lexhamfox on May 27, 2011 at 11:32 AM

I heard this on the radio a few days ago; I think it was the Chrysler CEO talking about how great this was, that they wer paying “most” of the loans back, and “closing the door” on this chapter in their history, etc – and then the news reader said something in passing about the US government still owning a big portion of the company after all was said and done, etc.

I knew there had to be more to it, but even on its face, if you’re not paying *all* of it back, including the governments’ ownership interest, then you’re not “closing the door” on anything. Expand the story beyond that to all of this other stuff, and wow – what total BS.

Midas on May 27, 2011 at 11:32 AM

In fact, it is a pathetic attempt to fool the public.

And pathetic it may be, but unfortunately it works.

Midas on May 27, 2011 at 11:37 AM

I don’t understand why this isn’t front page news. Really. Can’t someone make something out of this?

faraway on May 27, 2011 at 11:28 AM
It was front page news. The buy back is to allow FIAT to increase its holdings so the US government isn’t the controlling interest. It frees up more investment avenues. I’m glad Chrysler is profitable again.

lexhamfox on May 27, 2011 at 11:32 AM

Ah – did you miss the part where FIAT couldnt get a bank loan – due to the horrid debt/asset ratio on Chryslers books, hence the DoE step up for $3.5B????

The net debt is still the same (you know, the point of the article) and highly unattractive to investors, so they are staying far away. It also exposes the social/capilatistic divide – whereas the free market wanted nothing to do with a bloated, debt ridden, US Gov-backed entity, yet the Feds came in again by “loaning” them money.

Odie1941 on May 27, 2011 at 11:37 AM

On top of it all, it cost Fiat virtually nothing to acquire Chrysler! What a deal!

cartooner on May 27, 2011 at 11:38 AM

My position remains as it has since the beginning of this scuzzy little bailout game:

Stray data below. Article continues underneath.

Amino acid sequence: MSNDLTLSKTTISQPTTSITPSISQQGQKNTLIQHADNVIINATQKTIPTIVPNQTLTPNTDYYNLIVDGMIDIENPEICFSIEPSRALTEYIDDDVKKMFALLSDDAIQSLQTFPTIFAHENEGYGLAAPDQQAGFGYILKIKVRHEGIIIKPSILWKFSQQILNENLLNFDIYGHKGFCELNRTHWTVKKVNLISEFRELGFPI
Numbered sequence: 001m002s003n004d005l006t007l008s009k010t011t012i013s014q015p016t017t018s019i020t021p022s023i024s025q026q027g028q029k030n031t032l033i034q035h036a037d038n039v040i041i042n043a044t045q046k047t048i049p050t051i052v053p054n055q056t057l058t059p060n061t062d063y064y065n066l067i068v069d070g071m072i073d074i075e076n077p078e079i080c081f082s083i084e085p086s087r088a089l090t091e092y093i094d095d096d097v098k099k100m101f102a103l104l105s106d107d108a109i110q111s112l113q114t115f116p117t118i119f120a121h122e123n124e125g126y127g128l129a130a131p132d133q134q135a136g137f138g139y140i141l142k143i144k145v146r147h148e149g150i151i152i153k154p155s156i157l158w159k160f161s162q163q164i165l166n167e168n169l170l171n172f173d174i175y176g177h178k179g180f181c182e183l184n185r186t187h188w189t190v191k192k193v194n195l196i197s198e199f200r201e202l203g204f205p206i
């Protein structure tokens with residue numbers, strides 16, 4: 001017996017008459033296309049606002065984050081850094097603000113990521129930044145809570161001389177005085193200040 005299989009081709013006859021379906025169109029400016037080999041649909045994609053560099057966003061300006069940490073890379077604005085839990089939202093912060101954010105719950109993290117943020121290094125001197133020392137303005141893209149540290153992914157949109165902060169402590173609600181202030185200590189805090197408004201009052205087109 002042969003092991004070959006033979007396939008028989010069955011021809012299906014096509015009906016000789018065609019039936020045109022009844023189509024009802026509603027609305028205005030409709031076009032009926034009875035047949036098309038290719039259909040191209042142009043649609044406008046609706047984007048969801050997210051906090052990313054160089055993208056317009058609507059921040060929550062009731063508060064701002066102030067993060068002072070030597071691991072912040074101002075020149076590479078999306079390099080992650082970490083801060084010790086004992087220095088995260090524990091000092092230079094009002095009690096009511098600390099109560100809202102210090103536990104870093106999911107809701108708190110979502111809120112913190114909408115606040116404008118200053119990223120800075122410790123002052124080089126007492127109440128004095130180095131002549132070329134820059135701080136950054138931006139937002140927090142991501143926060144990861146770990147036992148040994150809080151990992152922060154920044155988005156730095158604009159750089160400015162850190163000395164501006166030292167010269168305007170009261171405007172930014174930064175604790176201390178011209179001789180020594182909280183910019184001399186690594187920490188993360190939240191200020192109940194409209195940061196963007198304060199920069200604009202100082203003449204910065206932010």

I will never — NEVER — even consider purchasing a GM or Chrysler product. Ever!

And as Ford is a union shop, they’re on my avoid-at-all-costs lists as well…

Dion on May 27, 2011 at 11:19 AM

Bingo. Just say no to the greedy UAW. Avoid other union businesses as well. Buy groceries at Publix and Walmart, not at Kroger.

slickwillie2001 on May 27, 2011 at 11:38 AM

I guess our government leaders have all flunked remedial mathematics.

The way I see it, anything short of a $100 Chrysler check mailed to every one of the 140 million US taxpayers should be a non-starter ($14 Billion/140 million = $100/taxpayer).

As we have seen time and time again, merely “returning” money to the US Treasury is a useless exercise. The Treasury apparently has no way to record and track receipts, it is notoriously inept at fund accounting, and it never publishes accurate financial statements.

Therefore, the only way to repay a debt to the public is to send the money directly to the public!! Any money which passes through Washington is automatically flushed down the Washington DC commode and lost forever.

/sarcastic muse piece>

Yeah…I know it’ll never happen…

landlines on May 27, 2011 at 11:42 AM

I thought we just spent this money propping up Muslim Brotherhood democracies in Egypt and Tunisia.

tomg51 on May 27, 2011 at 11:48 AM